How to set up these servers?

March 5, 2009 at 01:02:33
Specs: Microsoft Windows Vista Ultimate, 2.267 GHz / 3068 MB
Hi!
I have a bunch of computer stuff left-overs from harvesting over time. I've been thinking about learning more about networking, so I'm trying to set up a "secure network", in terms of what has access to what, thus the many servers. I know it's unnecessary and it's too big, I'm just curious to see how it all would work together. Never mind the hardware specifications, firewalls, routers etc.

My question is this: Does it work to set up the network like this? If not, please explain so I may learn and please tell me your thoughts.

Link to image


Explanation:
- The web server, its FTP and the Exchange mail server will be behind a home made proxy server.

- The terminal server will only have access to the file server for storing data from external sources.

- The mail server will be very light in HDD space and archive mail on the file server after a while.

- The users will be connected to Windows server 2008 where they'll get policies from AD, be their DNS and DHCP server. They'll also have their own folders there. The Windows 2008 Server will backup and archive data on the file server.

- All the servers and users will have internet access except for the file server.


Thank you :)


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#1
March 5, 2009 at 07:56:19
That's a pretty good drawing.

You have a nice division of services across available servers. It's always a good idea, whenever feasible, to run different services in different servers so as to reduce load on any one particular server.

This is especially true for a DC. Since you're talking about a Windows based, Active Directory integrated domain, here's what I would recommend two DC's, with the second one configured to provide redundancy. That way should either one fail, the other one can take over without downing your entire domain.

I think you've overcomplicated your network design though. It should go from external into a firewall.

Internet >> Firewall

Behind the firewall would be your DMZ which would contain all your outward facing servers (http/ftp etc) and also your internal network.

so it would look something like:

Firewall >> DMZ
>> LAN

(the LAN connects directly to the Firewall)

Your LAN of course would contain your DC's, internal servers, clients and whatever else you would have in your network that you wouldn't want exposed to the outside world.

LAN >> switch(es) >> servers/clients/network printers etc

If you know your way around UNIX, you could build a firewall using OpenBSD and that could also be your ssh/sftp (I prefer sftp over plain old vanilla ftp any day, it's more secure). The same box could also handle routing.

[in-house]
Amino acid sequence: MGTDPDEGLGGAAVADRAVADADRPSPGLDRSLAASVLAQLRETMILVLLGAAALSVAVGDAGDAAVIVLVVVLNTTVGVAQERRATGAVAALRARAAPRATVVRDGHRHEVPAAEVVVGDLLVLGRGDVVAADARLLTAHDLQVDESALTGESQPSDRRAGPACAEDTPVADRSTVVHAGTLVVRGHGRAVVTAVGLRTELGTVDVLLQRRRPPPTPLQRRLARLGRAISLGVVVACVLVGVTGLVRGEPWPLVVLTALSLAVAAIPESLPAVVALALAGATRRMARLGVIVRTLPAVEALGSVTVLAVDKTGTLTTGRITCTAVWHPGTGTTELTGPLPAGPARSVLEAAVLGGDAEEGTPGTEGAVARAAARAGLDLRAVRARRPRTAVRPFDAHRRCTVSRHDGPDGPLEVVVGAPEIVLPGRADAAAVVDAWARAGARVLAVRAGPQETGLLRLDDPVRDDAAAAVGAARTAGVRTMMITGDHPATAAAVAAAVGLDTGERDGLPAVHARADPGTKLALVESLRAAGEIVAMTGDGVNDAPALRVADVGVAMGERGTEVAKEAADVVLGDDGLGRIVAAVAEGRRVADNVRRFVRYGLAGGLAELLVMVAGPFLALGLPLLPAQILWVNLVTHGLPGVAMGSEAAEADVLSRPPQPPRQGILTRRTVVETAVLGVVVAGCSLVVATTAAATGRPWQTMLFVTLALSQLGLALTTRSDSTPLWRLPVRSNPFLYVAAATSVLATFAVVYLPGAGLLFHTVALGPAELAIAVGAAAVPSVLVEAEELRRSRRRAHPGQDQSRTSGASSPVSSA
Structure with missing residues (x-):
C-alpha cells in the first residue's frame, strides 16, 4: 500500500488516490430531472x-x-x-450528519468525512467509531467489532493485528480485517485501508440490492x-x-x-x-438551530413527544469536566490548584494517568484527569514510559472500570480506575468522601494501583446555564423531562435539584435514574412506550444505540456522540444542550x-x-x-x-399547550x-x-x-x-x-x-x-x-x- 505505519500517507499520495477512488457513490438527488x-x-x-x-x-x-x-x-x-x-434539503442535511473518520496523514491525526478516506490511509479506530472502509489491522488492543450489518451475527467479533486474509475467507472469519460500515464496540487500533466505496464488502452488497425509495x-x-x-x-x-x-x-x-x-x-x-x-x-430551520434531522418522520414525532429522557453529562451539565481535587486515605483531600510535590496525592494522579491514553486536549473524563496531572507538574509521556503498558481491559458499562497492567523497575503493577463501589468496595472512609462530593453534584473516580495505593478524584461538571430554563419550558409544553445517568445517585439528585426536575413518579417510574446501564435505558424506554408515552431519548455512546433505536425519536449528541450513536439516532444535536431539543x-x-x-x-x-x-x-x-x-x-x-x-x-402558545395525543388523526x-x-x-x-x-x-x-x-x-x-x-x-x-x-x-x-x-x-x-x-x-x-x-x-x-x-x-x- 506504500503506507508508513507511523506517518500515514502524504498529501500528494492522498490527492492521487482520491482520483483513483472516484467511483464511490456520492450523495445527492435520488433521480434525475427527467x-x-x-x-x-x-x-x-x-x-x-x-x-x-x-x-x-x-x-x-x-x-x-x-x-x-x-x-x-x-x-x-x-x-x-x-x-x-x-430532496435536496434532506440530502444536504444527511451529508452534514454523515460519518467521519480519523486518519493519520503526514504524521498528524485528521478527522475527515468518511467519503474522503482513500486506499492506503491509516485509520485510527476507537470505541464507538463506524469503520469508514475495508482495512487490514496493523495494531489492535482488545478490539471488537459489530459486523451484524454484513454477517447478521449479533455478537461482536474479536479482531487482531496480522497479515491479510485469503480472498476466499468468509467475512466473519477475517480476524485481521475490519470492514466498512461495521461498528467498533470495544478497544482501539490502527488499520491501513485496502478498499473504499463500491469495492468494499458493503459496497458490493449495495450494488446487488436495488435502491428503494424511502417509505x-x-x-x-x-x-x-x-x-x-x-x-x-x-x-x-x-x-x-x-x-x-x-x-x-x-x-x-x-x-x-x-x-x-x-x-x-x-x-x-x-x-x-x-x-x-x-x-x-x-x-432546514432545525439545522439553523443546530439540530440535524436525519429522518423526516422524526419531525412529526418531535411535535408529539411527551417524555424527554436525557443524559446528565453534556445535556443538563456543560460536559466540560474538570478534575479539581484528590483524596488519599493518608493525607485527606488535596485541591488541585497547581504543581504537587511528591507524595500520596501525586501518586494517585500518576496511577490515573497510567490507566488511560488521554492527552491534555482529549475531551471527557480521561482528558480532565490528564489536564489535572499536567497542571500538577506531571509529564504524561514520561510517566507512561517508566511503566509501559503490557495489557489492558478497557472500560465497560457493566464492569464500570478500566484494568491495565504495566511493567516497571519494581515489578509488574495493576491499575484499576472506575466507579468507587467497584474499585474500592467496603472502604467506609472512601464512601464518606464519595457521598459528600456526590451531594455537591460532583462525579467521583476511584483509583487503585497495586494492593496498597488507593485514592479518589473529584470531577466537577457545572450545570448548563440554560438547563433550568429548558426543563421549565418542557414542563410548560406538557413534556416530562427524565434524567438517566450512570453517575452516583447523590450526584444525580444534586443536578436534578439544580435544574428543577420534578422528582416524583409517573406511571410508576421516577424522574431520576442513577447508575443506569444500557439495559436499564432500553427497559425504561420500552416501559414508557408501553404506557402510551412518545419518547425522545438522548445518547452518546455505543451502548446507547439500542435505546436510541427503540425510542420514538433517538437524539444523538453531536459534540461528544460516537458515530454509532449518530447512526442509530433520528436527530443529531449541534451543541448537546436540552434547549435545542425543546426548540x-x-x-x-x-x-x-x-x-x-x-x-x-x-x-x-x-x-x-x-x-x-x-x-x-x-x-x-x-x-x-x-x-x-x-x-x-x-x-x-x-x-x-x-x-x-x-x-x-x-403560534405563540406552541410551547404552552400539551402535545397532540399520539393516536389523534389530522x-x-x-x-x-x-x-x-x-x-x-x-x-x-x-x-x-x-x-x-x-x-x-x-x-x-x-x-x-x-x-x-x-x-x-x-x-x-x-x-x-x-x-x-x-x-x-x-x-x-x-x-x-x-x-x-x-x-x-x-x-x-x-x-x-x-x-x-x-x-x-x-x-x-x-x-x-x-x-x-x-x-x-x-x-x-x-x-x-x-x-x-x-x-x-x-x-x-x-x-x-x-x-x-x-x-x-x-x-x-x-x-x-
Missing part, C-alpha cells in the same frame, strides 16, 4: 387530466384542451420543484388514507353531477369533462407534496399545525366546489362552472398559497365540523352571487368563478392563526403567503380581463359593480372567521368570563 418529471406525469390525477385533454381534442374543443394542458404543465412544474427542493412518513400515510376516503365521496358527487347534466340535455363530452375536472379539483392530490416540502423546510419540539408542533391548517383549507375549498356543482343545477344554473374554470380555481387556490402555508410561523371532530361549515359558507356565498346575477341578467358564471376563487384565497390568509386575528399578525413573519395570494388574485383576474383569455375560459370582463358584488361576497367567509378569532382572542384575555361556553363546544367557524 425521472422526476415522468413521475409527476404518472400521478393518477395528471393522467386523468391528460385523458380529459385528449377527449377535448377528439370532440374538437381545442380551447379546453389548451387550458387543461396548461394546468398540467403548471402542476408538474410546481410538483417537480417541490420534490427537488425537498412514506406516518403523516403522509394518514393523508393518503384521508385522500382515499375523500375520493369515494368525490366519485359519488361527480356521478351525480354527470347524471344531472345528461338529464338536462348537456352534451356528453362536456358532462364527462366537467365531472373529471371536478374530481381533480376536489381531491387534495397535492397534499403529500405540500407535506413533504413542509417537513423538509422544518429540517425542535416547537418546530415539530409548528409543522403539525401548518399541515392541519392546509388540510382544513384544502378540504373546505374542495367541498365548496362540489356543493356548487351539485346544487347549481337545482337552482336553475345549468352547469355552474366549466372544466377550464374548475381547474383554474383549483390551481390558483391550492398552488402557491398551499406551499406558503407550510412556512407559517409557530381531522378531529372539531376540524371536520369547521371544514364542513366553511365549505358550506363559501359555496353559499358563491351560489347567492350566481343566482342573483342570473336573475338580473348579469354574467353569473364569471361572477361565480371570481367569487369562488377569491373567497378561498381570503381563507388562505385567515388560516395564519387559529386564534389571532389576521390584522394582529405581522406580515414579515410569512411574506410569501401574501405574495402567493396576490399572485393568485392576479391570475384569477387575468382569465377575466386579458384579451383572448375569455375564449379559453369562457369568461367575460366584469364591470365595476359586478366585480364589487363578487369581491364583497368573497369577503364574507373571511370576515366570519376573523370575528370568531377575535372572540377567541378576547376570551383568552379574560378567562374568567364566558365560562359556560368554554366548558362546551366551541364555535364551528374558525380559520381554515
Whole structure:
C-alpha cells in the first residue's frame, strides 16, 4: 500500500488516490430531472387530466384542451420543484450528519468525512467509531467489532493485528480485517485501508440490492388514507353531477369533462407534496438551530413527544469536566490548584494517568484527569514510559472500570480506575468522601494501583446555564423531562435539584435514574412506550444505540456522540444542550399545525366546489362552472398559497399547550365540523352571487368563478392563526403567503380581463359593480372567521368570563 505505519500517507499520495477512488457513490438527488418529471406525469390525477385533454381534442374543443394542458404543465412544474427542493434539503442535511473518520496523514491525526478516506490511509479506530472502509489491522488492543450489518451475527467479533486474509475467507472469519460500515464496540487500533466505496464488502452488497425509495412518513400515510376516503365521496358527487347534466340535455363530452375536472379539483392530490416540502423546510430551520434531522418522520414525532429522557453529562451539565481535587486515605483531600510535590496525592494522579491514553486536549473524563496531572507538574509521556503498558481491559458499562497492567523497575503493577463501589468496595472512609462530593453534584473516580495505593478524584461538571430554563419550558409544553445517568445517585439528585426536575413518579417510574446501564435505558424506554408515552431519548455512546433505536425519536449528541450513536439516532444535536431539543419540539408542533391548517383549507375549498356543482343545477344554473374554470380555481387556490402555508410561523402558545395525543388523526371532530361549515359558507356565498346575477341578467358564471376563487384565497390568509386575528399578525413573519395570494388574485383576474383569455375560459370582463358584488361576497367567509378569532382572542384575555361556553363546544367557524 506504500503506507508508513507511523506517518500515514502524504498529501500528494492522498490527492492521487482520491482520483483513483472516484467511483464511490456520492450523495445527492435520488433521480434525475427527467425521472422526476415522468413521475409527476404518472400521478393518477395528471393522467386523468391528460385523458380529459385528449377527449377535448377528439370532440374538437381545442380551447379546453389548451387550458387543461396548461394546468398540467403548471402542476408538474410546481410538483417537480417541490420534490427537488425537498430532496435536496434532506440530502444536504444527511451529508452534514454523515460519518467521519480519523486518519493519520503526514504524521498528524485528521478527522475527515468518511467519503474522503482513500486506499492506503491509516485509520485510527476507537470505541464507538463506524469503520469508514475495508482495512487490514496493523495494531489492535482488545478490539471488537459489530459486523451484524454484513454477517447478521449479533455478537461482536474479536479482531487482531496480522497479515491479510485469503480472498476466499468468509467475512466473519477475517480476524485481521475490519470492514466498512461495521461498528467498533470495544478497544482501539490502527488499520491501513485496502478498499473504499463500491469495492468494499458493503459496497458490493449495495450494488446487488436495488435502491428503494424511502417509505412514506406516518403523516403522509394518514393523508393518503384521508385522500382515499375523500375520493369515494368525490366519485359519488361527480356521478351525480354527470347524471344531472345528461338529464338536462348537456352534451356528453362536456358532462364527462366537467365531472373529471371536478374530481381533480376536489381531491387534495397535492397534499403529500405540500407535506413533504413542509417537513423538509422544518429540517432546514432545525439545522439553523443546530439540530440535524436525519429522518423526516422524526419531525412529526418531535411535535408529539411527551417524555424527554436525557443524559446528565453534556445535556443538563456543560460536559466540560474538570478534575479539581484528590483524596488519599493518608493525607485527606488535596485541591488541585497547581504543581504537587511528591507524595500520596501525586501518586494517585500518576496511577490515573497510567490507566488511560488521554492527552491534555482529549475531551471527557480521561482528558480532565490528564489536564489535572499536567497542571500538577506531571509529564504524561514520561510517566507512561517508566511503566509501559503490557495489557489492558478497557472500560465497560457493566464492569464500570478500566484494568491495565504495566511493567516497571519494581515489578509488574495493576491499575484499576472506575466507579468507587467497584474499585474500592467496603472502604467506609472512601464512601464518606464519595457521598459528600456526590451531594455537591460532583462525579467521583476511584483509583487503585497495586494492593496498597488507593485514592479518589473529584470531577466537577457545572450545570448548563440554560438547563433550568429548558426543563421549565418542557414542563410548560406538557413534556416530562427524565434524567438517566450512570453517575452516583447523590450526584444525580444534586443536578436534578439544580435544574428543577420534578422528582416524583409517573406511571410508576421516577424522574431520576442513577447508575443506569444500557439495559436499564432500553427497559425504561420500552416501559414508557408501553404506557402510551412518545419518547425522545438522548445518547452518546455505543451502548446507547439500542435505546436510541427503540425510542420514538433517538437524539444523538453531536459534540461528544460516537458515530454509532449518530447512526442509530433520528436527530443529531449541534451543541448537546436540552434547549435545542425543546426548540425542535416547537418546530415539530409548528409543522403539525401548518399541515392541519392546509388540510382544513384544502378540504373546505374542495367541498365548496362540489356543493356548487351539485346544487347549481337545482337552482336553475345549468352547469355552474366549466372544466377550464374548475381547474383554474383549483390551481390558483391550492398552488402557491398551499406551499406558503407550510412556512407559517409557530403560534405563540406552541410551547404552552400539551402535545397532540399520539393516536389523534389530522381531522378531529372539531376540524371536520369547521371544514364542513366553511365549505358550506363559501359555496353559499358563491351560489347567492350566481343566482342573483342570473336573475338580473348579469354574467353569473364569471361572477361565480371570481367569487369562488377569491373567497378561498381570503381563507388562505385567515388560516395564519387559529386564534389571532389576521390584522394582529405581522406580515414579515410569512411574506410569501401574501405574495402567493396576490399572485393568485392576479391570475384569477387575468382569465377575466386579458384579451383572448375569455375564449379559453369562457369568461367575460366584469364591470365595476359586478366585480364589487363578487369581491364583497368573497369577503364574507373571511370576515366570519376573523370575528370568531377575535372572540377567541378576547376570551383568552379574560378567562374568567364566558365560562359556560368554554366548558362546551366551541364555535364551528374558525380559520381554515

With regard to what is allowed to connect to what (ie: The terminal server will only have access to the file server for storing data from external sources.) This is not controlled by physical connections, it's controlled by your use of groups, users and the ACL's on shares. This is true for both internal and external access.

The mail server will be very light in HDD space and archive mail on the file server after a while.

You might want to look at a SAN/NAS for this instead of just a server. Whatever you do use is going to need to be on a RAID with a lot of available space.

All the servers and users will have internet access except for the file server.

Since nobody is going to be logging onto the file server locally and using it as a workstation, this is a moot point right. You can avoid allowing it to have internet access by not configuring a gateway address when you do the static assignment of TCP/IP info, but, you will want to update the operating system from time to time so it will be likely that you will want it to have access to the internet. Just control who has physical access to the box and who's allowed to logon locally.


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#2
March 5, 2009 at 12:13:18
Thank you for answering.

... here's what I would recommend two DC's ...
I agree, that wold be a good idea.

I think you've overcomplicated your network design though. It should go from external into a firewall ...
I thought about doing that, but that seems so, well, normal :)
I wanted to see if I could set up a proxy that would pretty much shield everything inside, IP-wise. I want to minimize the risk of anyone finding out about the IP-addresses and more. I thought a good, unorthodox and unsuspected move would be to set up a proxy (combined with a firewall). But that is probably unnecessary. Like I said at first, I haven't drawn any firewalls, switches, routers or anything other than the servers and clients into this drawing, but I can see the point you're making. Perhaps it would be best to "keep it simple".

You might want to look at a SAN/NAS ...
The reason I want to have some kind of access point before entering the file server is to provide a sense of extra security. I want that connection to be made/handled in a secure external environment and that anything uploaded/downloaded will go through this "choke point". Will that be possible or even practical? Perhaps it's to much.

You can avoid allowing it to have internet access by not ...
I was thinking about downloading the necessary updates externally and then applying them manually in the secure environment.


Thanks for your thoughts on this, anything else you or anyone else can give me would be of great help! :)


Thank you very much!


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#3
March 5, 2009 at 13:57:48
I thought about doing that, but that seems so, well, normal :)

LOL